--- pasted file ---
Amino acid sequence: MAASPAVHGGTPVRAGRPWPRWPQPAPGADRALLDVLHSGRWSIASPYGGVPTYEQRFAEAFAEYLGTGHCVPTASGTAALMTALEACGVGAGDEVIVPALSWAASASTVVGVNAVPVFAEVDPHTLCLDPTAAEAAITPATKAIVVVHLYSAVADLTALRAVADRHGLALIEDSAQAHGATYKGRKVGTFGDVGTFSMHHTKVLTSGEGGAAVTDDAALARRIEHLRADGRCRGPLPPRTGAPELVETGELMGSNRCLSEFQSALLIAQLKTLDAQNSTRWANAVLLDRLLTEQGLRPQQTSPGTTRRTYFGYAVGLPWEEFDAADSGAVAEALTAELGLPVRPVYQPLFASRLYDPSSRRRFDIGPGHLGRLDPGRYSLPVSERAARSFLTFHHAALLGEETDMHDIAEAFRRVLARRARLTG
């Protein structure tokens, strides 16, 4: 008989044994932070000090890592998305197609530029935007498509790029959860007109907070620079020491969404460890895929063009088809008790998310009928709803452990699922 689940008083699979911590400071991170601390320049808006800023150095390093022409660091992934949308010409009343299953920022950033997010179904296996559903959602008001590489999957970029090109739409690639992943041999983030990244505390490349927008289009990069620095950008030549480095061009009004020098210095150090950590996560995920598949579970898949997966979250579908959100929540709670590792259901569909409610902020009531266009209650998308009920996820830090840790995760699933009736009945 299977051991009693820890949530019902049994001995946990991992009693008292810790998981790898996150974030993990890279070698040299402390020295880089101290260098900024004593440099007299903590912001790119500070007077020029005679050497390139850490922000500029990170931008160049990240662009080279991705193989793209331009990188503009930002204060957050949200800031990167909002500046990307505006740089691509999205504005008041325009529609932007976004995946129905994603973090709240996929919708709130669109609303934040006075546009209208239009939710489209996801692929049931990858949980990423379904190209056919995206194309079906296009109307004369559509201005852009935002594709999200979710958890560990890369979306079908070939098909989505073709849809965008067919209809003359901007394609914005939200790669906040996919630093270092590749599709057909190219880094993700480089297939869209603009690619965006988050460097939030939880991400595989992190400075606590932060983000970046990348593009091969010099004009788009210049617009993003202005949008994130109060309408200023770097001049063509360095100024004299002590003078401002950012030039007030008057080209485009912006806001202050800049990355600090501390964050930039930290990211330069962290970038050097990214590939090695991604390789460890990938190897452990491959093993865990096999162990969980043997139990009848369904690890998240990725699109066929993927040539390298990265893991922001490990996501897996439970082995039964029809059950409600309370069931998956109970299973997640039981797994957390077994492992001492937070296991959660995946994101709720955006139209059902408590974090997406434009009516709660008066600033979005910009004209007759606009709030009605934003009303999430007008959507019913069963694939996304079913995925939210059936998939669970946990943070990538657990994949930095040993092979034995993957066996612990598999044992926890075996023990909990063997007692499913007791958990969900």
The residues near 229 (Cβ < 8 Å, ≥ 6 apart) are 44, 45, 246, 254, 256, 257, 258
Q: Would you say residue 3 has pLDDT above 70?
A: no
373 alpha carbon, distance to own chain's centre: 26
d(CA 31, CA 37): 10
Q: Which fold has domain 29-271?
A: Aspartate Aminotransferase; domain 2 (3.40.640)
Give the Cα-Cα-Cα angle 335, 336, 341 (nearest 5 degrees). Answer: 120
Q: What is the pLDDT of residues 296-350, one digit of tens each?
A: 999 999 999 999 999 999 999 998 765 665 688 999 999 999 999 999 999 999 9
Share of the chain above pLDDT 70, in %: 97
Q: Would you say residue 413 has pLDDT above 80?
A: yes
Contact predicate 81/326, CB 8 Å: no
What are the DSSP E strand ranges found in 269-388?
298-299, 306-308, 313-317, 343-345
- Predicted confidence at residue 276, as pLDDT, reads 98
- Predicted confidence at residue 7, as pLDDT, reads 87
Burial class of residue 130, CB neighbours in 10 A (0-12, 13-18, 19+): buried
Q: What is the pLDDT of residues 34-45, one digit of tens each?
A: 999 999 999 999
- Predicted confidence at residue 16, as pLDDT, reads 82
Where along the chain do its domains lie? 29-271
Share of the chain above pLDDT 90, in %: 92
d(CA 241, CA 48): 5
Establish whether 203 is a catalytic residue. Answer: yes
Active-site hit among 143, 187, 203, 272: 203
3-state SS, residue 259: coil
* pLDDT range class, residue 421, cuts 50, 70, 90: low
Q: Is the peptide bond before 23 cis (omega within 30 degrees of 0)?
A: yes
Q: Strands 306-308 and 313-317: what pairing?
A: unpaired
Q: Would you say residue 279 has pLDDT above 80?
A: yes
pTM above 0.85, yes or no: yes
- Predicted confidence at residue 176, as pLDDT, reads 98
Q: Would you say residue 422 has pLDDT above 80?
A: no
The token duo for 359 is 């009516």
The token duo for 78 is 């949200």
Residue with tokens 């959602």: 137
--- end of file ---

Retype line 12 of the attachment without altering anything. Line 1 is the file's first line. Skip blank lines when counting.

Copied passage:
A: 999 999 999 999 999 999 999 998 765 665 688 999 999 999 999 999 999 999 9